Next, three integer type variables, namely indexOfJ, indexOfj and indexOfq has been declared which would contain the values returned by indexOf(‘J’), indexOf(‘j’), indexOf(‘q’) respectively.
The first Java String indexOf method has been called and a character ‘J’ has been passed to it. This method will return index of J in the string str which would be 6. It is worth noting here that string based index start from zero. It means that the first character has 0index and last character has the index of length of string -1.
In the next line, again indexOf method has been called but this time a small letter ‘j’ has been passed to it. But since string doesn’t contain a small letter ‘j’, therefore -1 will be returned. This shows that indexOf method is case sensitive.
Finally, if a character is not present in a string, the indexOf method would return -1 as in the third case of the above example where ‘q’ has been passed to the indexOf method which is not present in the String type object str. The output of Example1 would be:
This example demonstrates the indexOf method overload which takes a character type first element and the integer type fromindex as the second element:
String str = new String ("Udemy Java Tutorials"); int indexOfaAfter10 = str.indexOf('a',10); System.out.println(indexOfaAfter10);
In the aboe example, the indexOf method would return that index of character ‘a’ which occurs in the string after the 10th index which would be 17. In the String type object, though there are two letters ‘a’ in the word Java but they would be ignored and the index of the letter ‘a’ in the word Tutorials would be returned since it occurs after 10th index. If no such character exits after the specified index, -1 would be returned.
The following example demonstrates Java String indexOf method overload that takes one string type variable as parameter and returns the starting index of that string:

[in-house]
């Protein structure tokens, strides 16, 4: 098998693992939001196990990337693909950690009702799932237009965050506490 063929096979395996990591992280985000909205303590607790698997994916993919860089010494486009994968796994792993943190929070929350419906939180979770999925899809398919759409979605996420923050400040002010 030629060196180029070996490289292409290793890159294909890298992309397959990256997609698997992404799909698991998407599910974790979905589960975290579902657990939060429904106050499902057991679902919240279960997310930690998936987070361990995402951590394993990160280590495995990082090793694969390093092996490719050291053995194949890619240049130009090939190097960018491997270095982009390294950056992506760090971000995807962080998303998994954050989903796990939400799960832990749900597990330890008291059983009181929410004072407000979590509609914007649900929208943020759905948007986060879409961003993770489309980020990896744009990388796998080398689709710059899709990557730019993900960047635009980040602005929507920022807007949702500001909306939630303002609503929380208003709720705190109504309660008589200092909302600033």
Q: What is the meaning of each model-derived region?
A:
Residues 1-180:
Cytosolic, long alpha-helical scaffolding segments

String str = new String ("Udemy Java Tutorials"); int indexOfJava = str.indexOf("Java"); System.out.println(indexOfJava);
In the above example, the indexOf method receives a string literal “Java” as parameter. The index method would look for this string in the str string and would return the starting index of that string which would be 6 in the above case.
The following example demonstrates Java String indexOf method overload that takes one string type variable as parameter and the other integer type indexfrom variable and returns the starting index of that string after the specified index:
String str = new String ("Udemy Java Tutorials for Java Beginners"); int indexOfJava = str.indexOf("Java", 10); System.out.println(indexOfJava);
In the above example, there are two substrings “Java” in the main string str. The indexOf method takes two parameters: A literal string “Java” whose starting index has to be found and integer type fromindex 10, which specifies the index after which the “Java” string’s starting index has to be returned which would be 25 in this case.